Early Decision deadlines are coming up, and you’ve probably heard a lot of advice about why it’s a good idea to apply early to college. But there are some circumstances when it’s better not to apply early, and you’re better off applying in the regular round instead.
Have you heard about the lawsuit against Harvard’s affirmative action policies? Anna Ivey gave this interview recently about how race factors into the college admissions process in the US and abroad. Watch the clip here.
Here's a list of colleges where our students have been accepted this admissions season. We've put the schools in alphabetical order, because we are honored to help applicants with a wide range of profiles and target schools. You might be more familiar with some than others. Take a look! We are so proud of what these students have accomplished.
"As applications to top schools continue to climb, students are increasingly relegated to waitlists. Colleges ostensibly use waitlists to fill spots that open up when admitted students decline to attend. But the lists have ballooned so much — some are even bigger than the size of a college’s incoming class — that college counselors have grown skeptical of their usefulness."Anna spoke with MarketWatch recently for a piece about waitlists at selective colleges. Read the rest of the piece here.
Dear Ivey Coach: Please settle our family debate about the number of APs my son needs to take in 11th and 12th grades. He was in all Honors classes in 9th grade and this year he has taken 2 APs and 4 Honors classes. He attends a big public high school and he could take 6 APs both years for a total of 14 APs by the time he graduates.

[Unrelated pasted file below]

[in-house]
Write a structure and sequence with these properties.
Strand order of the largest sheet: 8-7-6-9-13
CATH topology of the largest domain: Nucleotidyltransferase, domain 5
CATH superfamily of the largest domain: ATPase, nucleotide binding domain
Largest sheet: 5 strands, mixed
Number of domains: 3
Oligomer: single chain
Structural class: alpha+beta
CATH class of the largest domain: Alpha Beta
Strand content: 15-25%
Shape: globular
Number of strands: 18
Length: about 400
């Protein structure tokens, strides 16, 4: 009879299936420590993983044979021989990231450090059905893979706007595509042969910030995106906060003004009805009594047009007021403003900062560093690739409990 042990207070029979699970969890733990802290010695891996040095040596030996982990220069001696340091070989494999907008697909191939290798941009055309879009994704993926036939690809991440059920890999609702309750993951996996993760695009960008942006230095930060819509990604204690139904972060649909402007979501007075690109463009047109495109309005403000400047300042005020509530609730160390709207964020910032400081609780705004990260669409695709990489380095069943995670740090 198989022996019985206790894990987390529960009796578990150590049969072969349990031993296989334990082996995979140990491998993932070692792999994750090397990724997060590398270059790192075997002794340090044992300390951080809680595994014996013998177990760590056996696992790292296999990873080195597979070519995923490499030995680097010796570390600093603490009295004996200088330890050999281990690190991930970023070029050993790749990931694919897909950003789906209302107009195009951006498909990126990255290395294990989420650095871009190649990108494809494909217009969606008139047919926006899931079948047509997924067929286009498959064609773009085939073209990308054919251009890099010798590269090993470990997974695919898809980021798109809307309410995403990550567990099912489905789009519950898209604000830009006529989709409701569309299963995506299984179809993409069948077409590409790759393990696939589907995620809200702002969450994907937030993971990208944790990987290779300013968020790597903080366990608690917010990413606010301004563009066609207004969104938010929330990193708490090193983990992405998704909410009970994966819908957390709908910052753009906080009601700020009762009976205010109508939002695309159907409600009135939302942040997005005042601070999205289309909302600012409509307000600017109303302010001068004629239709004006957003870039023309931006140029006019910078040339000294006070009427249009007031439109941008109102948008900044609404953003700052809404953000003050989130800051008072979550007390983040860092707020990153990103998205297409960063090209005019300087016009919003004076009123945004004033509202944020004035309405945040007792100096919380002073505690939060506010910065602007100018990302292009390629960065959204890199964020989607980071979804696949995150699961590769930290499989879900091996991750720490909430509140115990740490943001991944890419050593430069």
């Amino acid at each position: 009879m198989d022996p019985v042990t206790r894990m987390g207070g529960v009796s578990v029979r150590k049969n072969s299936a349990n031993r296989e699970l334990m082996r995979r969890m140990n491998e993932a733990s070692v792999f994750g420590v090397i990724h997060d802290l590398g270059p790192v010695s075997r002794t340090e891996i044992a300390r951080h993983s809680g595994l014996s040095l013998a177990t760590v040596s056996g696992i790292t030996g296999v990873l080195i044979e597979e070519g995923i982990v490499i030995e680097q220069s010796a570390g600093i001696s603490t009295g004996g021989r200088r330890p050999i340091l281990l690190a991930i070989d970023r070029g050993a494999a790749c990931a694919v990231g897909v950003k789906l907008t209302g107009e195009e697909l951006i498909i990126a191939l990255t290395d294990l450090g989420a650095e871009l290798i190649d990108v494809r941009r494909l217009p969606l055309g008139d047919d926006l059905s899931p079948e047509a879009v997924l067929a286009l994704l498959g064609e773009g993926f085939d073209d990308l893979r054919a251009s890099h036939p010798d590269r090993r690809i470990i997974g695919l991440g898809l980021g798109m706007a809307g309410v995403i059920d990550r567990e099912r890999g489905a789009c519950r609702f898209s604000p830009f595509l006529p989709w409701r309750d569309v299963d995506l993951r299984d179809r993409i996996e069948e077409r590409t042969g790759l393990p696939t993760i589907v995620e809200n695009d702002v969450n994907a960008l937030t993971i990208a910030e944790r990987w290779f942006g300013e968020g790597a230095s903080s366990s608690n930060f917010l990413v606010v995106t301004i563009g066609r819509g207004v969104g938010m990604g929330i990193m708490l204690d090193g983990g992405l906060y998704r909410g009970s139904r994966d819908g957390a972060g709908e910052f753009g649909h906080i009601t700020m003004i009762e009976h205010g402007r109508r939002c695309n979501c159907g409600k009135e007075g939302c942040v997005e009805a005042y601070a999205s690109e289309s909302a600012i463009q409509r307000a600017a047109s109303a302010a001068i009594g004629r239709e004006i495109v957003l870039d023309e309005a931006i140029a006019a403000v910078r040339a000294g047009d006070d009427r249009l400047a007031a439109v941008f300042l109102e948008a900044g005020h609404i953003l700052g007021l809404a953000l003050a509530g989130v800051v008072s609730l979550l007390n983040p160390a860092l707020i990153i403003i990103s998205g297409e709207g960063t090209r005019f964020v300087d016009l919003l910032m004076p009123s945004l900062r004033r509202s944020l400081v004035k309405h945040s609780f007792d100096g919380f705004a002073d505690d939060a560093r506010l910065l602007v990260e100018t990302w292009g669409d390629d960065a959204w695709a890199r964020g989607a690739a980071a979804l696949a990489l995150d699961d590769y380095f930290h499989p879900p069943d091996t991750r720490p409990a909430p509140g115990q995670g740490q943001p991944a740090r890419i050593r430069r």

Dear Ivey Coach: We just found out that my daughter’s school is eliminating all of the advanced art classes in favor of offering more music classes (the school has a highly reputed school orchestra and marching band, so music always wins). She’s crushed because art is HER THING and now she doesn’t have any good options for electives. Any ideas for her besides adding a study hall?
Anna recently spoke to the Harvard Crimson about Harvard's decision to drop the SAT and ACT Writing Requirements. Read more here.
Every year, we’re fascinated to read people’s answers to the Really Short Answer questions on college applications.
For 2016-17, for example, we’re seeing those questions pop up on the applications for Yale, Stanford, USC, Princeton, UNC Chapel Hill, and Columbia, among others.
What’s a Really Short Answer question?